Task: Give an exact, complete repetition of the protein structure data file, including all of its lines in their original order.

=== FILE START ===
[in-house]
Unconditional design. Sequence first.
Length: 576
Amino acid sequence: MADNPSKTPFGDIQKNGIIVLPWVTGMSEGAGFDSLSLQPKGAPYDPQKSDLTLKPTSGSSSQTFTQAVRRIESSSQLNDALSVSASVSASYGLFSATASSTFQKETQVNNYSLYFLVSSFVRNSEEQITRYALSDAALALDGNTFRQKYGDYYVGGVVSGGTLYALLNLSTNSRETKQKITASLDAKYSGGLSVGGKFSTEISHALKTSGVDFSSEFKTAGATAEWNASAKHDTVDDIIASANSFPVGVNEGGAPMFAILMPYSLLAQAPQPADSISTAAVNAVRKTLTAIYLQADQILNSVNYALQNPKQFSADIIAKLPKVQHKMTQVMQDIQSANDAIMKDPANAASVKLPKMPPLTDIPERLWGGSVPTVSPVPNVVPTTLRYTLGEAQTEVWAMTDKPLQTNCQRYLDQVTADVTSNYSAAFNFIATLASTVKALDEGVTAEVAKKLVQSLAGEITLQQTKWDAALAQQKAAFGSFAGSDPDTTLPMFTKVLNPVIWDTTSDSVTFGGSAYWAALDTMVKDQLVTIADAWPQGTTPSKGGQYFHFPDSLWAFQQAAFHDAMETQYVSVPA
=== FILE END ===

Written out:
[in-house]
Unconditional design. Sequence first.
Length: 576
Amino acid sequence: MADNPSKTPFGDIQKNGIIVLPWVTGMSEGAGFDSLSLQPKGAPYDPQKSDLTLKPTSGSSSQTFTQAVRRIESSSQLNDALSVSASVSASYGLFSATASSTFQKETQVNNYSLYFLVSSFVRNSEEQITRYALSDAALALDGNTFRQKYGDYYVGGVVSGGTLYALLNLSTNSRETKQKITASLDAKYSGGLSVGGKFSTEISHALKTSGVDFSSEFKTAGATAEWNASAKHDTVDDIIASANSFPVGVNEGGAPMFAILMPYSLLAQAPQPADSISTAAVNAVRKTLTAIYLQADQILNSVNYALQNPKQFSADIIAKLPKVQHKMTQVMQDIQSANDAIMKDPANAASVKLPKMPPLTDIPERLWGGSVPTVSPVPNVVPTTLRYTLGEAQTEVWAMTDKPLQTNCQRYLDQVTADVTSNYSAAFNFIATLASTVKALDEGVTAEVAKKLVQSLAGEITLQQTKWDAALAQQKAAFGSFAGSDPDTTLPMFTKVLNPVIWDTTSDSVTFGGSAYWAALDTMVKDQLVTIADAWPQGTTPSKGGQYFHFPDSLWAFQQAAFHDAMETQYVSVPA